Skin Type: The Food and Drug Administration classifies skin type on a scale of one to six. Those with types one and two have fair skin and tend to burn quickly and more severely while those with five and six have darker skin and do not burn easily. Though some skin types are more susceptible to skin damage, everyone is subject to the harmful effects of sun exposure regardless of race or ethnicity.
Sunscreen is only as effective as its SPF ranking so long as it’s applied properly. Read these tips to get the most out of your sun protection.
- Start fresh every year.
Since the active ingredients in sunscreen can deteriorate over time, the same bottle you’ve been using for three years straight may not be as effective. Start with a fresh one every spring. If you’re applying it frequently and liberally, you’ll need a new one every year anyway.
- Choose broad-spectrum.
Remember, you want to protect against both UVB and UVA radiation.
- Apply ahead of time.
Sunscreen should be lathered on to dry skin about 30 minutes before heading outdoors for periods of 20 minutes or more. Some people may want to use sunscreen for any amount of time in the sun.
- Don’t forget the little things.
Legs, back, face: Check. It’s easy to remember to lather up most areas of the body, but ears, tops of the feet, lips, and the back of the neck sometimes are forgotten.
- Apply frequently and liberally.
Every two hours, reapply. As a rule of thumb, dermatologists suggest about an ounce of sunscreen (that’s enough to fill a shot glass) for the average adult to cover the exposed areas of the body.
- Don’t rely just on that SPF.
Sunscreen isn’t a cure-all, especially when the UV index is especially high. If you’ll be exposed to the sun for an extended period of time—for example, a day at the beach—spend some time in the shade or bring along protective clothing, sunglasses, and a hat.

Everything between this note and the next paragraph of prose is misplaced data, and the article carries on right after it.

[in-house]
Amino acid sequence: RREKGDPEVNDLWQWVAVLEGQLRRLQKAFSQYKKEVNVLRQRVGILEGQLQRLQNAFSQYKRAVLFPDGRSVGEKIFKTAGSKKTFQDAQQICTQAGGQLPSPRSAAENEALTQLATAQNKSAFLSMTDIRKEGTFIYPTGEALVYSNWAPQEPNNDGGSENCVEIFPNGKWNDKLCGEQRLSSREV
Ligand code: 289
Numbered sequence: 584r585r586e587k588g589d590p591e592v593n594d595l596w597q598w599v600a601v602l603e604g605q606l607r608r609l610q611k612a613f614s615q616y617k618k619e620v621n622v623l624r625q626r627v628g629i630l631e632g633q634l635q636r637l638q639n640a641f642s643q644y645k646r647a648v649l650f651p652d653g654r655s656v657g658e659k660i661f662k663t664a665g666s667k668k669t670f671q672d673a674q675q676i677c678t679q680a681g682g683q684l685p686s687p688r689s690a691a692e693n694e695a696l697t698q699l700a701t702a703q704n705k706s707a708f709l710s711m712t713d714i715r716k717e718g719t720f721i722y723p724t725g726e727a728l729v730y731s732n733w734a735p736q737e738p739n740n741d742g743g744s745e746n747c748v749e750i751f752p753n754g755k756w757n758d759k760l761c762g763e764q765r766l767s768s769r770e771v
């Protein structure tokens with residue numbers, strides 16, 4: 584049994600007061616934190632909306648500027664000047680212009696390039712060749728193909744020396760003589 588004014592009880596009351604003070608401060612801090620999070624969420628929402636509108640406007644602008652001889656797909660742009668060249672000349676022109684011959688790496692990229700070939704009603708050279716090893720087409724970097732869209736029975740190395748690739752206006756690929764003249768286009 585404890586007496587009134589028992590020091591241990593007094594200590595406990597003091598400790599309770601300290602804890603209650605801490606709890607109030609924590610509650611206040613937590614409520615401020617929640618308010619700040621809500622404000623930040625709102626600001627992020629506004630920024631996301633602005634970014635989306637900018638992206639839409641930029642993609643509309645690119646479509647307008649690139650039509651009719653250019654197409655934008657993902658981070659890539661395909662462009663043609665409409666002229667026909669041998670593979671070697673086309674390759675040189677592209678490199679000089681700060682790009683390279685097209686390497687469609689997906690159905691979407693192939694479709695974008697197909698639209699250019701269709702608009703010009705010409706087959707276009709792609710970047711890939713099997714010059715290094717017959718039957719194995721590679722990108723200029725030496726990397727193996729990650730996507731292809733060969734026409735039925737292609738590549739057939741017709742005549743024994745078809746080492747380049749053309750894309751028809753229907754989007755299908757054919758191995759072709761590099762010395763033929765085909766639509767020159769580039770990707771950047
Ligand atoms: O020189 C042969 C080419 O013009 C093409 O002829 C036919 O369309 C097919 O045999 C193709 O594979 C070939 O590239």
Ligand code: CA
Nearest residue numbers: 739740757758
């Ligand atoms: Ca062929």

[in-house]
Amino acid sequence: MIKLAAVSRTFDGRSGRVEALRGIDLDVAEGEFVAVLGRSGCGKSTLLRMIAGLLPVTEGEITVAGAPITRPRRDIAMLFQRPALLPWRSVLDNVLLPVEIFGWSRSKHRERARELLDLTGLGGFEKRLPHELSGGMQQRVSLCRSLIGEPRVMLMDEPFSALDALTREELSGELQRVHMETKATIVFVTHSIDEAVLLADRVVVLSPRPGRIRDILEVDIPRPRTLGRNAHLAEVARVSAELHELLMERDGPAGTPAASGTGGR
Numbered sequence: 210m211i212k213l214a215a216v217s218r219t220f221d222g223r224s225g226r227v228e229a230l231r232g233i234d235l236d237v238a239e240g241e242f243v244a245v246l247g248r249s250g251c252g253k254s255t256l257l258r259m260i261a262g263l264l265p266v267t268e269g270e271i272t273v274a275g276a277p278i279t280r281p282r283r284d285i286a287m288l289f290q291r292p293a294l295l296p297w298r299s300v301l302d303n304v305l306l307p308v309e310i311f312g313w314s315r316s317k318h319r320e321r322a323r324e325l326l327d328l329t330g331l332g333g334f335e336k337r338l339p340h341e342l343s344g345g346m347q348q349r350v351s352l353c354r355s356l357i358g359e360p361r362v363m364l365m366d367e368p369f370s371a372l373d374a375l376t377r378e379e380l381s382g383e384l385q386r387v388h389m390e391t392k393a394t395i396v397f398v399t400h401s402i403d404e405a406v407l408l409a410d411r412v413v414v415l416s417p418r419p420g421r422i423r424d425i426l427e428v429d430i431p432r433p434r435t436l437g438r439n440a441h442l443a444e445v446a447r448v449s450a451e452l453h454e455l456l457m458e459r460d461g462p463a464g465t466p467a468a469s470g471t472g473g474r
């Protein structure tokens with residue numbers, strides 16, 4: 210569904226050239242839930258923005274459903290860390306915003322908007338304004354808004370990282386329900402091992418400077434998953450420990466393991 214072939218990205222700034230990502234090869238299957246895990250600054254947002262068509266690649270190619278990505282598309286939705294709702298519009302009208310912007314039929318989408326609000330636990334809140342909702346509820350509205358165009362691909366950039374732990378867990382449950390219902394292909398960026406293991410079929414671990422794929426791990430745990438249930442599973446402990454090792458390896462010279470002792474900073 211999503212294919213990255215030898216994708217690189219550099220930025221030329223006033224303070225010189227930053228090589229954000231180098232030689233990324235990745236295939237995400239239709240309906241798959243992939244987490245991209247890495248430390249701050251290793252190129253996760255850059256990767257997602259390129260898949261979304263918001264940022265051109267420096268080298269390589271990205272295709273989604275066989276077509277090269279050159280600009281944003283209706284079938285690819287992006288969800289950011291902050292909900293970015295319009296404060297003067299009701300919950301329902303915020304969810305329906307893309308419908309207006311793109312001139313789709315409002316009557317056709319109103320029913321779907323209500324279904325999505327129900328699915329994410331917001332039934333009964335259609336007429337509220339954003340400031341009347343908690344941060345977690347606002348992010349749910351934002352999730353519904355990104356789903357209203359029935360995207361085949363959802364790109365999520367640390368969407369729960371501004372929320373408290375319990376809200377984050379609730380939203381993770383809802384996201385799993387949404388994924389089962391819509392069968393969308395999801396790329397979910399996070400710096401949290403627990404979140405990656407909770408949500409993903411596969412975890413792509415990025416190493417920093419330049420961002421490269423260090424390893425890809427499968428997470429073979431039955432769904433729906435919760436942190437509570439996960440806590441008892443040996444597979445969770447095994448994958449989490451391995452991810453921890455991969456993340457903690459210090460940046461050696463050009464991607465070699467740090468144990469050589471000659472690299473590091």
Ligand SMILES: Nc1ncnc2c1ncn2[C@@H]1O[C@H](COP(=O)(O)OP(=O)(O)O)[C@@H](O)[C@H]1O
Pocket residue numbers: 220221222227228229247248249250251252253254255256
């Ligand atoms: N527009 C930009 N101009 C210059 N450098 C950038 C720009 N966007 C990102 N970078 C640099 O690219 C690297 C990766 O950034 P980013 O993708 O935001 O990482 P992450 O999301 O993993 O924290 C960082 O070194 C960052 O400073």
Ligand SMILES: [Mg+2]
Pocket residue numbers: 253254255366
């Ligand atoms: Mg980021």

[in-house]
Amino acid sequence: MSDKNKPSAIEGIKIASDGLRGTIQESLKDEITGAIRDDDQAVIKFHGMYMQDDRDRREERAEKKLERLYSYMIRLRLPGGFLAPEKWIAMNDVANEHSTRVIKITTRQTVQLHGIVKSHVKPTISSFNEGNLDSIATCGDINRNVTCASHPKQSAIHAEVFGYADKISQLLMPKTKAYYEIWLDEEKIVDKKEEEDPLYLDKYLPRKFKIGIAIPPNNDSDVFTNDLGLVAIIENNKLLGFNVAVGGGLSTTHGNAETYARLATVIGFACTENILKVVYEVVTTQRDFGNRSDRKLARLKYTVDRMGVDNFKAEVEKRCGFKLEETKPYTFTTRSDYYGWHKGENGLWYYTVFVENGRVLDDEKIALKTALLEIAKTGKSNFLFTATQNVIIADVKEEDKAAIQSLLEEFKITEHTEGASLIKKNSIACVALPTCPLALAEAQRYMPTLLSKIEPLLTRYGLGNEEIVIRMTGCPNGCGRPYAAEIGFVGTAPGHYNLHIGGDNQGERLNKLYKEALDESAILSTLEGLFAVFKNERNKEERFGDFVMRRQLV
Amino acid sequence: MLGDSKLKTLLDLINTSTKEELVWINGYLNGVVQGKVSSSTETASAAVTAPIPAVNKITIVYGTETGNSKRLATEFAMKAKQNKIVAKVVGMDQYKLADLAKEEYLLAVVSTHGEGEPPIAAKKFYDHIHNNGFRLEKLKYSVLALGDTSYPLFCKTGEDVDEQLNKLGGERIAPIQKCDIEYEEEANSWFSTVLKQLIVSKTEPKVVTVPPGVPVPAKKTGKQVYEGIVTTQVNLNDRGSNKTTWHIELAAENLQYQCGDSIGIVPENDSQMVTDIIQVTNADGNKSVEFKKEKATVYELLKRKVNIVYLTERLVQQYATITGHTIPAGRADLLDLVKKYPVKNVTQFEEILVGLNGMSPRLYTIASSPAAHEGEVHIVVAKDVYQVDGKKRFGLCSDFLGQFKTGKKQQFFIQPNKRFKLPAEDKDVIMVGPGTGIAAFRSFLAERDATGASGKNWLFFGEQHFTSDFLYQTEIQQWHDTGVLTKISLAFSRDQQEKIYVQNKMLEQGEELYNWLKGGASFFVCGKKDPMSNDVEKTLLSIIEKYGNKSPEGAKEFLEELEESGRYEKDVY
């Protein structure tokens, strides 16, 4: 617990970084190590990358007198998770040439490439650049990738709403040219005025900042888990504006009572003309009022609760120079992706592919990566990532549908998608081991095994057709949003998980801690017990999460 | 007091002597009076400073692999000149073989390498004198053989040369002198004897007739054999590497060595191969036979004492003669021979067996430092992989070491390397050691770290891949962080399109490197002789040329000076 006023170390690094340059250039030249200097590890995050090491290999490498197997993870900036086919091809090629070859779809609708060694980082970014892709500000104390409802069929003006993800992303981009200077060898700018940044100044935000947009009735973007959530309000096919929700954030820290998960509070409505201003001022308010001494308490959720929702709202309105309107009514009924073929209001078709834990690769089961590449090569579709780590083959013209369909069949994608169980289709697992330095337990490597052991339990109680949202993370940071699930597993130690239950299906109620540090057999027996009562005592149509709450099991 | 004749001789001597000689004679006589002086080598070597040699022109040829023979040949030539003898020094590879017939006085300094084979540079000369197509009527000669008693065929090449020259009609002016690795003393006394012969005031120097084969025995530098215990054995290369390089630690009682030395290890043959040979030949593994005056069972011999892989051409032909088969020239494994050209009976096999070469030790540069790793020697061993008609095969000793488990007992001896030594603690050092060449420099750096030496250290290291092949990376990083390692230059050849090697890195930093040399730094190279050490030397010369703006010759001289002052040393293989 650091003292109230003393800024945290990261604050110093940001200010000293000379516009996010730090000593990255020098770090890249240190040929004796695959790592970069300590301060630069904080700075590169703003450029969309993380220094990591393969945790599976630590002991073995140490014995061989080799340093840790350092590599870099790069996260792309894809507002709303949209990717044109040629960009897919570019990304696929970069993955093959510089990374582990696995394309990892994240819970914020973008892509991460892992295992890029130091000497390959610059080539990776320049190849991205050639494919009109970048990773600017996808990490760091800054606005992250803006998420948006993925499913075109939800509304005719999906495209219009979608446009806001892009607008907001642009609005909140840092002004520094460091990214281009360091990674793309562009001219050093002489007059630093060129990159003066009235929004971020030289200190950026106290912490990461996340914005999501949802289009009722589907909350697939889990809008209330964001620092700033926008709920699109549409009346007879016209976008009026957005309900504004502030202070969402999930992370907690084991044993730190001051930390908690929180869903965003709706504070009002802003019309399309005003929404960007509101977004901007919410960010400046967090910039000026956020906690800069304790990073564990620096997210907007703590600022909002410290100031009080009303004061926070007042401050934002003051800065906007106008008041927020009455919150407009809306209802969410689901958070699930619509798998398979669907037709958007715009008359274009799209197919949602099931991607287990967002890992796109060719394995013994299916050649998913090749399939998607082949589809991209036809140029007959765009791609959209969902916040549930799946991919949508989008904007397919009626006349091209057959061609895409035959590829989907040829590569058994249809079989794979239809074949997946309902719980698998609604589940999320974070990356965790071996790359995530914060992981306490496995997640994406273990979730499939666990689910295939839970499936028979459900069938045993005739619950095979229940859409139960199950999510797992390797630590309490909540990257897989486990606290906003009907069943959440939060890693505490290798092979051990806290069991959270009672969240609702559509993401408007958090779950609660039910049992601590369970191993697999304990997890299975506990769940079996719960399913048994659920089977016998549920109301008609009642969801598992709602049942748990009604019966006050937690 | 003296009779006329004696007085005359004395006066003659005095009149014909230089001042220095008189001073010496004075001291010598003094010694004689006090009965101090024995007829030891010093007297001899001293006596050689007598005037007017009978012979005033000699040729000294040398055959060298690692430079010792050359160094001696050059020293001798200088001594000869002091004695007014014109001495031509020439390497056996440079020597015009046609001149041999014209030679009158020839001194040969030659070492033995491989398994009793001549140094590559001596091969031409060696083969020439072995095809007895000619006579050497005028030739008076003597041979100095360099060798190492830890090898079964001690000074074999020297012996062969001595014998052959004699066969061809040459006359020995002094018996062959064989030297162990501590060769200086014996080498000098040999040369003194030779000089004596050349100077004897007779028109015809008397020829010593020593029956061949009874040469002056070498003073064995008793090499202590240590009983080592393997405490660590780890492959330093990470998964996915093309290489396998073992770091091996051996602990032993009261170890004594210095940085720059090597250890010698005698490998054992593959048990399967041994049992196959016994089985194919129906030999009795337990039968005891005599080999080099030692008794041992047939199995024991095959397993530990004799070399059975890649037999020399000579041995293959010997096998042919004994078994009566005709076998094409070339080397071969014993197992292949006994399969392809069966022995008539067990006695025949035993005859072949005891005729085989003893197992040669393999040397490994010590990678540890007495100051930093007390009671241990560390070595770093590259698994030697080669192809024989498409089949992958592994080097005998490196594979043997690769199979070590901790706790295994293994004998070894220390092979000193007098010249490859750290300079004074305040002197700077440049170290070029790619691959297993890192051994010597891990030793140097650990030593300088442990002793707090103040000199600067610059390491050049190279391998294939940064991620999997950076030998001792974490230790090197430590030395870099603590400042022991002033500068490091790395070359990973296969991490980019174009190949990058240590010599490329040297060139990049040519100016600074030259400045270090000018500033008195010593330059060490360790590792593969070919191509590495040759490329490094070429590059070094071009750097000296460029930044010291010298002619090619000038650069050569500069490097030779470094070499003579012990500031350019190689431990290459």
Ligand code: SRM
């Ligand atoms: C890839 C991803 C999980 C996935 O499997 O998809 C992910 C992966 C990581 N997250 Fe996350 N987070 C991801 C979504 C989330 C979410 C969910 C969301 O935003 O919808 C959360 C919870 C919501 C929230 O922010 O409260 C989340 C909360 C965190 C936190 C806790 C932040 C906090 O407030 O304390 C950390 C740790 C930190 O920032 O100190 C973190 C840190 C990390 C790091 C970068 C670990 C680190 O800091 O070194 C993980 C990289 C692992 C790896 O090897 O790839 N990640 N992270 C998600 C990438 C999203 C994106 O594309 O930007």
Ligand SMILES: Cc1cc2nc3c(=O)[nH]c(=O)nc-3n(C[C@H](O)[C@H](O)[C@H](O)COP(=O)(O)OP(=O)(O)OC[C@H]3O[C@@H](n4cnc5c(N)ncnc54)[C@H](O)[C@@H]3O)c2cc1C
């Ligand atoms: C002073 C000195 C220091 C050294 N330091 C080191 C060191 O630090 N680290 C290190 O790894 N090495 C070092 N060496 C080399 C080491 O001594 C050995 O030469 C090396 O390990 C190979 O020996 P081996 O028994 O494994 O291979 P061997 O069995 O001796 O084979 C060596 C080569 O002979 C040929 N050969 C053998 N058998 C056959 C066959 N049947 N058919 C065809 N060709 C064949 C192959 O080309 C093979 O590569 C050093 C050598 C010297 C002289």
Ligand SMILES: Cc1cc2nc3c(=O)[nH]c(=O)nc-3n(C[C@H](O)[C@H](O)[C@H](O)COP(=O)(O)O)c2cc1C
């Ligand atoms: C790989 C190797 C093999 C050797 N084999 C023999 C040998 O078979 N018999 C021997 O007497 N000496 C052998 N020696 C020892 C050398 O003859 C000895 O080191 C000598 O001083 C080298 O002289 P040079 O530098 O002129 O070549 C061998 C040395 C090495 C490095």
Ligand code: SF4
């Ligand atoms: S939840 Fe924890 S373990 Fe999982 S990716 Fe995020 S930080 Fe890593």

- Remember waterproof isn’t foolproof.
Labels promoting water resistant, sweat resistant, and waterproof can be misleading. These types of products may add extra skin protection while swimming and staying active outdoors, but they still need to be reapplied.
- No sun? Still wear it.
Even if the sun’s not out or if it’s not particularly hot, ultraviolet light can still penetrate clouds and burn skin.
Eat This: Sun Protective Food Groups
While sunscreen should still be an important part of your summer skin care regime, research suggests regularly eating some of our favorite foods can add extra armor against the sun’s powerful rays.
Where to find it: Green Tea, Black Tea, Dark Chocolate, Blueberries, Cherries, Hazelnuts, Pecans
Where to find it: Carrots, Sweet Potatoes, Spinach, Kale, Butternut Squash, Cantaloupe, Broccoli
Where to find it: Tomatoes, Guavas, Watermelon, Red Peppers, Grapefruit, Carrots, Mangoes.
Omega-3 fatty acids
Where to find it: Walnuts, Salmon, Sardines, Flax, Soybeans, Brussels Sprouts, Shrimp
Research says: Snacking on polyphenol-rich foods may be an effective strategy to supplement sunscreen protection.
Where to find it: Tea, Red Wine, Blueberries, Coffee, Strawberries, Cherries, Blackberries, Dark Chocolate
While proper sun protection is incredibly important in order to help you stay safe all year long, sunburns happen. If you are spend too much time in the sun, dermatologists suggest wearing loose, breathable clothing (like cotton) and soothing your skin with a washcloth soaked in cool whole milk. Over-the-counter pain relievers such as ibuprofen can help ease the sting and reduce swelling. So long as the skin is not blistering, moisturizing cream may help relieve discomfort as well. And while aloe vera is often touted the go-to treatment for sunburn, the jury’s still out on its effectiveness.
At the end of the day, especially a sun-filled one, taking the right preventive measures against the sun’s harmful rays is incredibly important, both in the short term and the long term. Caring for our skin should be a lifelong endeavor. For more than just wrinkle protection, it’s never too early to use daily sunscreen to help prevent skin cancer.